Scientific Evidence for the Benefits of Faith

Increasingly, scientific studies have recognized the power of positive expectations in the treatment of people who are suffering from various illnesses. The so-called “placebo” effect is so powerful that studies generally try to control for it: fake pills, fake injections, or sometimes even fake surgeries will be given to one group while another group is offered the “real” treatment. If the real drug or surgery is no better than the fake drug/surgery, then the treatment is considered a failure. What has not been recognized until relatively recently is how the power of positive expectations should be considered as a form of treatment in itself.

Recently, Harvard University has established a Program in Placebo Studies and the Therapeutic Encounter in order to study this very issue. For many scientists, the power of the placebo has been a scandal and an embarrassment, and the idea of offering a “fake” treatment to a patient seems to go against every ethical and professional principle. But the attitude of Ted Kaptchuk, head of the Harvard program, is that if something works, it’s worth studying, no matter how crazy and irrational it seems.

In fact, “crazy” and “irrational” seem to be apt words to describe the results of research on placebos. Researchers have found differences in the effectiveness of placebos based merely on appearance — large pills are more effective than small pills; two pills are better than one pill; “brand name” pills are more effective than generics; capsules are better than pills; and injections are the most effective of all! Even the color of pills affects the outcome. One study found that the most famous anti-anxiety medication in the world, Valium, has no measurable effect on a person’s anxiety unless the person knows he or she is taking it (see “The Power of Nothing” in the Dec. 12 2011 New Yorker). The placebo is probably the oldest and simplest form of “faith healing” there is.

There are scientists who are critical of many of these placebo studies; they believe the power of placebos has been greatly exaggerated. Several studies have concluded that the placebo effect is small or insignificant, especially when objective measures of patient improvement are used instead of subjective self-reports.

However, it should be noted that the placebo effect is not simply a matter of patient feelings that are impossible to measure accurately — there is actually scientific evidence that the human brain manufactures chemicals in response to positive expectations. In the 1970s, it was discovered that people who reported a reduction in pain in response to a placebo were actually producing greater amounts of endorphins, a substance in the brain chemically similar to morphine and heroin that reduces pain and is capable of producing feelings of euphoria (as in the “runner’s high“). Increasingly, studies of the placebo effect have relied on brain scans to actually track changes in the brain in response to a patient receiving a placebo, so measurement of effects is not merely a matter of relying on what a person says. One recent study found that patients suffering from Parkinson’s disease responded better to an “expensive” placebo than a “cheaper” placebo. Patients were given injections containing nothing but saline water, but the arm of patients that was told the saline solution cost $1500 per dose experienced significantly better improvements in motor function than patients that were given a “cheaper” placebo! This happens because the placebo effect boosts the brain’s production of dopamine, which counteracts the effects of Parkinson’s disease. Brain scans have confirmed greater dopamine activation in the brains of those given placebos.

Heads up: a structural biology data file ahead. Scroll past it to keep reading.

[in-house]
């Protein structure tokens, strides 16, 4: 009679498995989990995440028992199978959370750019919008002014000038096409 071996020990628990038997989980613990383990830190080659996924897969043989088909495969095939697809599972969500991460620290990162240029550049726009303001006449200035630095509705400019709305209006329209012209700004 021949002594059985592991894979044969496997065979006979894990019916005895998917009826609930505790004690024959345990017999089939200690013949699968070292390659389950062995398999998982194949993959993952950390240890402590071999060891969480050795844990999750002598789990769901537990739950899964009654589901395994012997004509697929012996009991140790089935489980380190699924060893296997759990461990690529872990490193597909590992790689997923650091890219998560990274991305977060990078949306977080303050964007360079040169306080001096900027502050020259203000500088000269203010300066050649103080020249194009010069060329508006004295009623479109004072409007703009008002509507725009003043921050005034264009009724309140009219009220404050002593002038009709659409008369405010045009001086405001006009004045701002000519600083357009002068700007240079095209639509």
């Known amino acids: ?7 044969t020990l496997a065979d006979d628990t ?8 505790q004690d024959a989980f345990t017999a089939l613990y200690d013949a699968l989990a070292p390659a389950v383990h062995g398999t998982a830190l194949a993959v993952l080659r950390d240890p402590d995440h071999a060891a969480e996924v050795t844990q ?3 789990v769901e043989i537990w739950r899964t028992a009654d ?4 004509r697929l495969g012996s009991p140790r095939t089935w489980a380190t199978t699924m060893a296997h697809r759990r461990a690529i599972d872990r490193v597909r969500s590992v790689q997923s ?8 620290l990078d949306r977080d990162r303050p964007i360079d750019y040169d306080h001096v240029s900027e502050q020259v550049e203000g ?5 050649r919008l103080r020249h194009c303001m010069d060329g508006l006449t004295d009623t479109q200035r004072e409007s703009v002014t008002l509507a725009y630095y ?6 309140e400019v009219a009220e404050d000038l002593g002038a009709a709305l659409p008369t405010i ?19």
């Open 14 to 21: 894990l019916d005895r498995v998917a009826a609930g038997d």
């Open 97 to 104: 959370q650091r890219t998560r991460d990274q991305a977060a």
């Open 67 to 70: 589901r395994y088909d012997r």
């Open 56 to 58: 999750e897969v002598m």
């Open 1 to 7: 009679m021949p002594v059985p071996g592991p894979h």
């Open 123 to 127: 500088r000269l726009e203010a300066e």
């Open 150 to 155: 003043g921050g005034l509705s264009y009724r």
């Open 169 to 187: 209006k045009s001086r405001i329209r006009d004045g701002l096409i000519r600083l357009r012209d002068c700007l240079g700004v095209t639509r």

Other studies have confirmed the close relation between the health of the human mind and the health of the body. Excessive stress weakens the immune system, creating an opening for illness. People who regularly practice meditation, on the other hand, can strengthen their immune system and as result, catch colds and the flu less often. The health effects of mediation do not depend on the religion of those practicing it — Buddhist, Christian, Sikh. The mere act of meditation is what it important.

Why has modern medicine been so slow and reluctant to acknowledge the power of positive expectations and spirituality in improving human health? I think it’s because modern science has been based on certain metaphysical assumptions about nature which have been very valuable in advancing knowledge historically, but are ultimately limited and flawed. These assumptions are: (1) Anything that exists solely in the human mind is not real; (2) Knowledge must be based on what exists objectively, that is, what exists outside the mind; and (3) everything in nature is based on material causation — impersonal objects colliding with or forming bonds with other impersonal objects. In many respects, these metaphysical assumptions were valuable in overcoming centuries of wrong beliefs and superstitions. Scientists learned to observe nature in a disinterested fashion, discover how nature actually was and not how we wanted it to be. Old myths about gods and personal spirits shaping nature became obsolete, to be replaced by theories of material causation, which led to technological advances that brought the human race enormous benefits.

The problem with these metaphysical assumptions, however, is that they draw too sharp a separation between the human mind and what exists outside the mind. The human mind is part of reality, embedded in reality. Scientists rely on concepts created by the human mind to understand reality, and multiple, contradictory concepts and theories may be needed to understand reality.  (See here and here). And the human mind can modify reality – it is not just a passive spectator. The mind affects the body directly because it is directly connected to the body. But the mind can also affect reality by directing the limbs to perform certain tasks — construct a house, create a computer, or build a spaceship.